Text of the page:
Residential and Industrial Use – Never the Twain Shall Meet?

Posted in Land Use, Residential

I had the privilege (some would say misfortune) of growing up in a family business. I spent a lot of time after school and during summers in the shop and in spray booths, on crane trucks and on ladders, using all sorts of equipment and tools and generally taking in all the sights and sounds and smells (some noxious I’m sure) of a small sign manufacturing company.… Continue Reading

Does a Lease Created From an Option to Lease Enjoy the Same Priority as the Option?

Posted in Land Use

In large infrastructure projects where multiple parcels of land are required to build the project, project developers will often enter into options to lease with land owners rather than entering into leases in order to enjoy flexibility and to permit time to engage in suitability studies. The developers are frequently advised to register the option to lease on title so as to give notice of its right to the land.  However, the period between the registration of the option and the ultimate execution of the lease (if a developer decides to exercise the option) could last years, and it is … Continue Reading

Beware of the Residential Invasion!

Posted in Construction, Land Use, Municipal, Residential, Zoning

It must tell something about the age we live in, but TV shows and movies dealing with zombies have been all over the place for a couple of years now. However, as a real estate lawyer representing large industrial corporations, there is something I fear more than an invasion of undead people on the lookout for fresh brains: the urban sprawl!  And more specifically, the residential invasion of industrial areas caused by the urban sprawl.… Continue Reading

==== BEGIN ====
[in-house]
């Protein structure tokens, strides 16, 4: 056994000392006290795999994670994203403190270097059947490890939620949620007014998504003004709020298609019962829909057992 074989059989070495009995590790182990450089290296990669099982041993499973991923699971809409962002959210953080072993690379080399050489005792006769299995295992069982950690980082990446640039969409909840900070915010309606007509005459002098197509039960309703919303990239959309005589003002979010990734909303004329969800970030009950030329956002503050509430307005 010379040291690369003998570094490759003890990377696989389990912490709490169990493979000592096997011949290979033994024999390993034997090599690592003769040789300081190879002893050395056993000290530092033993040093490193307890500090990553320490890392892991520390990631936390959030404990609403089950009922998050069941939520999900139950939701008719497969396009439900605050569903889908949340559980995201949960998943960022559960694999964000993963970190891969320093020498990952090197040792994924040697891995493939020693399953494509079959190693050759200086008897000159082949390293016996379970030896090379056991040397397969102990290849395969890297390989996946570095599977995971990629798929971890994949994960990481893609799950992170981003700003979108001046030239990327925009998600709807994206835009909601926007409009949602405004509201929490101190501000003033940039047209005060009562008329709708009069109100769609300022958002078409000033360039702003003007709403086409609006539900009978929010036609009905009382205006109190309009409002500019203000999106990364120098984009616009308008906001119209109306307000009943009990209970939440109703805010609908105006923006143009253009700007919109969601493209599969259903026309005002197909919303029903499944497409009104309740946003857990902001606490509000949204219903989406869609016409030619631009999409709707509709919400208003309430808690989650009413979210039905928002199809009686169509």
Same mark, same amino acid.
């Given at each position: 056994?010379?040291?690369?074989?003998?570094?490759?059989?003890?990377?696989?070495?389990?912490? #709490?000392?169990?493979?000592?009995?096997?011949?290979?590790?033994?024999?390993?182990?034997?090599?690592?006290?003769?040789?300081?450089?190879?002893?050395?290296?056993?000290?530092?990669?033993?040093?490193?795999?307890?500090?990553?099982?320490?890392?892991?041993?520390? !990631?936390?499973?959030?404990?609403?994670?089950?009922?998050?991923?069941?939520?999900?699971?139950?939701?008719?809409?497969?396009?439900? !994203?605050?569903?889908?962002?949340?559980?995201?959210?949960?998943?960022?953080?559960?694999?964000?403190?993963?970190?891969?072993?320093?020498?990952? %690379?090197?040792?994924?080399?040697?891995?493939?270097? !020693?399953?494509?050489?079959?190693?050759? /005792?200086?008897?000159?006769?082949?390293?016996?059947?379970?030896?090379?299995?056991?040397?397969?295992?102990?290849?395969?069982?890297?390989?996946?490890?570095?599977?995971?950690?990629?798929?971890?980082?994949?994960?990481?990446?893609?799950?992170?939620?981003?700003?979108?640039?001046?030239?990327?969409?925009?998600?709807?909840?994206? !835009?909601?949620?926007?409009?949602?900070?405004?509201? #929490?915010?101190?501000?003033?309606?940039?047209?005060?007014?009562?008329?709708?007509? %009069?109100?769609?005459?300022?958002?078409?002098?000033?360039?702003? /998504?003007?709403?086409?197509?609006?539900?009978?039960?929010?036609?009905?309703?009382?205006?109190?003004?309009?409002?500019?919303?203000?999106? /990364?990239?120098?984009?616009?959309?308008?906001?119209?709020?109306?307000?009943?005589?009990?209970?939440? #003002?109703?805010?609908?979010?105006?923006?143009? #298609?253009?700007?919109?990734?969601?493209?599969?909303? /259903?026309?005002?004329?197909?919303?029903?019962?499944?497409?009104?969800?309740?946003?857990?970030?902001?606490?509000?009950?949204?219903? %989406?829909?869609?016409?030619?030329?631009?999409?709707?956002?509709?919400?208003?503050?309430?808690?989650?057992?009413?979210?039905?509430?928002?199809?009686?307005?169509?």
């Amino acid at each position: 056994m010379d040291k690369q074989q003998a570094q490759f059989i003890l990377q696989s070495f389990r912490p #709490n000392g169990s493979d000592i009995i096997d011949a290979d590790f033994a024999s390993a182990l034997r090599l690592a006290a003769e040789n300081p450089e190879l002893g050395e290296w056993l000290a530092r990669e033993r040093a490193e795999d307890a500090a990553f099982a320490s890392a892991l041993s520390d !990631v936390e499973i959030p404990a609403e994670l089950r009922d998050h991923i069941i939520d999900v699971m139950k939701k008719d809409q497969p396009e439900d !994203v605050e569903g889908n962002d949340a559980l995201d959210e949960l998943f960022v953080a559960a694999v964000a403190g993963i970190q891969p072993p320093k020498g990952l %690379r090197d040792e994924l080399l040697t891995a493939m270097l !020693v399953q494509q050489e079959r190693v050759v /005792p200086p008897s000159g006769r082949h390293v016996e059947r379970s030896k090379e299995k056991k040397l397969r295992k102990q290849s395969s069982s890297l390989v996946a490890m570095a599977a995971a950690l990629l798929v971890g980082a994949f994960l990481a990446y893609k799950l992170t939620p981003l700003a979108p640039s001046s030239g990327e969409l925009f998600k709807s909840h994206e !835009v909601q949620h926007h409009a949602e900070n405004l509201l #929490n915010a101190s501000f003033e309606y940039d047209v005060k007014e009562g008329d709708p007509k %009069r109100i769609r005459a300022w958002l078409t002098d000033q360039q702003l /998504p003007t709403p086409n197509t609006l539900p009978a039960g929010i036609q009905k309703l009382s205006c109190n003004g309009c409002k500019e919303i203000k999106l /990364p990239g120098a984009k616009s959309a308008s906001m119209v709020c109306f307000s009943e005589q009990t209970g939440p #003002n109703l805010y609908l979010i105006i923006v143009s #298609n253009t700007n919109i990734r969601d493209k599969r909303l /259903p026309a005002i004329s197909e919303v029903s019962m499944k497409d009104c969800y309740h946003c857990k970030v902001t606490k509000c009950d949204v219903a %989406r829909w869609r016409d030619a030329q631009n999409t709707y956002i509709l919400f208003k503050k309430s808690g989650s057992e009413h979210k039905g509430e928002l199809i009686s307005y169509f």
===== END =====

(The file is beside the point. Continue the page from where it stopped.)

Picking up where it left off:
Housing Affordability and Human Happiness

Posted in Land Use, Residential

Some interesting things are emerging from the froth and churn being generated by the housing affordability crisis on Canada’s left coast.

For the first and probably last time since the dawn of civilization, on June 24th a public rally is being held to demand more economic and demographic data by those who want to know whether foreign buyers, vacant homes, speculation, geography or other factors are responsible.… Continue Reading

Three Innocent Lenders and a Fraudster: A Priorities Dispute

Posted in Land Use

The recent decision of CIBC Mortgages Inc. (c.o.b. Firstline Mortgages) v. Computershare Trust Co. of Canada, [2015] ONSC 543 provides a fact scenario that sounds like it was dreamt up by a law school professor, but for the three innocent lenders involved, the situation was a nightmare. A homeowner granted a first mortgage to Computershare which was later fraudulently discharged from title. After the Computershare mortgage was discharged from title, the homeowner granted further mortgages to Firstline and Secure Capital. Firstline and Secure Capital had no knowledge of the fraudulently discharged Computershare mortgage, so based on their review of … Continue Reading